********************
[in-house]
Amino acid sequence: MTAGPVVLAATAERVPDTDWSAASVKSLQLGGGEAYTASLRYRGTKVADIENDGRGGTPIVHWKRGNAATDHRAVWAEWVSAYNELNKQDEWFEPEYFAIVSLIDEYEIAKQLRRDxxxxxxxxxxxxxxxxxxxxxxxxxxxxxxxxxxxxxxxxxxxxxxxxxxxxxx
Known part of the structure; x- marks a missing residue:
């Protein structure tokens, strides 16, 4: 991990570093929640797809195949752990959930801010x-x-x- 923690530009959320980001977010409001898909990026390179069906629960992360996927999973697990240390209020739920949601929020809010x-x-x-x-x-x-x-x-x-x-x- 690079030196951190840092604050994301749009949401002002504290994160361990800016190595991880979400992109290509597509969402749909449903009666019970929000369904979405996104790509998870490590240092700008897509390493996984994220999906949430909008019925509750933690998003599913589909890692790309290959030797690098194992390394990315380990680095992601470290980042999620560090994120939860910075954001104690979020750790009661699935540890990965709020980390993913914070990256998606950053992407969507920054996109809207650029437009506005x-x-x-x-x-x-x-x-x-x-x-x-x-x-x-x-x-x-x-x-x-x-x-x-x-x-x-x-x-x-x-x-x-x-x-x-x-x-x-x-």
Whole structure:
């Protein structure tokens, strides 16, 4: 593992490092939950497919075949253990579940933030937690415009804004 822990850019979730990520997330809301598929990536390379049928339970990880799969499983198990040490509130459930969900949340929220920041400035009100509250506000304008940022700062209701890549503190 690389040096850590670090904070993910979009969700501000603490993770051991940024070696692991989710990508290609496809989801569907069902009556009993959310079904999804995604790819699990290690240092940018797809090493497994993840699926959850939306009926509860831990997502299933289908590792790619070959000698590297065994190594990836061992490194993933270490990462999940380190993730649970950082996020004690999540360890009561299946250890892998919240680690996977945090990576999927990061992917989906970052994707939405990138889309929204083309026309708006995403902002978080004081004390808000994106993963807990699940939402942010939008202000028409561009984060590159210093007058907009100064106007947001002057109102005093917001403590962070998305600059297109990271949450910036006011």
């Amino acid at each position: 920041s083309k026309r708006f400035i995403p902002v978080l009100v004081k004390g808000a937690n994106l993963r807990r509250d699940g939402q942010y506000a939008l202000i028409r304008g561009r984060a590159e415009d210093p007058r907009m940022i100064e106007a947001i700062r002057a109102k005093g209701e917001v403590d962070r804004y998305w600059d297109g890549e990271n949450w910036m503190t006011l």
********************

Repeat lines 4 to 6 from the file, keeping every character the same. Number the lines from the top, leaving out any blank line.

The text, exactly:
């Protein structure tokens, strides 16, 4: 991990570093929640797809195949752990959930801010x-x-x- 923690530009959320980001977010409001898909990026390179069906629960992360996927999973697990240390209020739920949601929020809010x-x-x-x-x-x-x-x-x-x-x- 690079030196951190840092604050994301749009949401002002504290994160361990800016190595991880979400992109290509597509969402749909449903009666019970929000369904979405996104790509998870490590240092700008897509390493996984994220999906949430909008019925509750933690998003599913589909890692790309290959030797690098194992390394990315380990680095992601470290980042999620560090994120939860910075954001104690979020750790009661699935540890990965709020980390993913914070990256998606950053992407969507920054996109809207650029437009506005x-x-x-x-x-x-x-x-x-x-x-x-x-x-x-x-x-x-x-x-x-x-x-x-x-x-x-x-x-x-x-x-x-x-x-x-x-x-x-x-």
Whole structure:
């Protein structure tokens, strides 16, 4: 593992490092939950497919075949253990579940933030937690415009804004 822990850019979730990520997330809301598929990536390379049928339970990880799969499983198990040490509130459930969900949340929220920041400035009100509250506000304008940022700062209701890549503190 690389040096850590670090904070993910979009969700501000603490993770051991940024070696692991989710990508290609496809989801569907069902009556009993959310079904999804995604790819699990290690240092940018797809090493497994993840699926959850939306009926509860831990997502299933289908590792790619070959000698590297065994190594990836061992490194993933270490990462999940380190993730649970950082996020004690999540360890009561299946250890892998919240680690996977945090990576999927990061992917989906970052994707939405990138889309929204083309026309708006995403902002978080004081004390808000994106993963807990699940939402942010939008202000028409561009984060590159210093007058907009100064106007947001002057109102005093917001403590962070998305600059297109990271949450910036006011």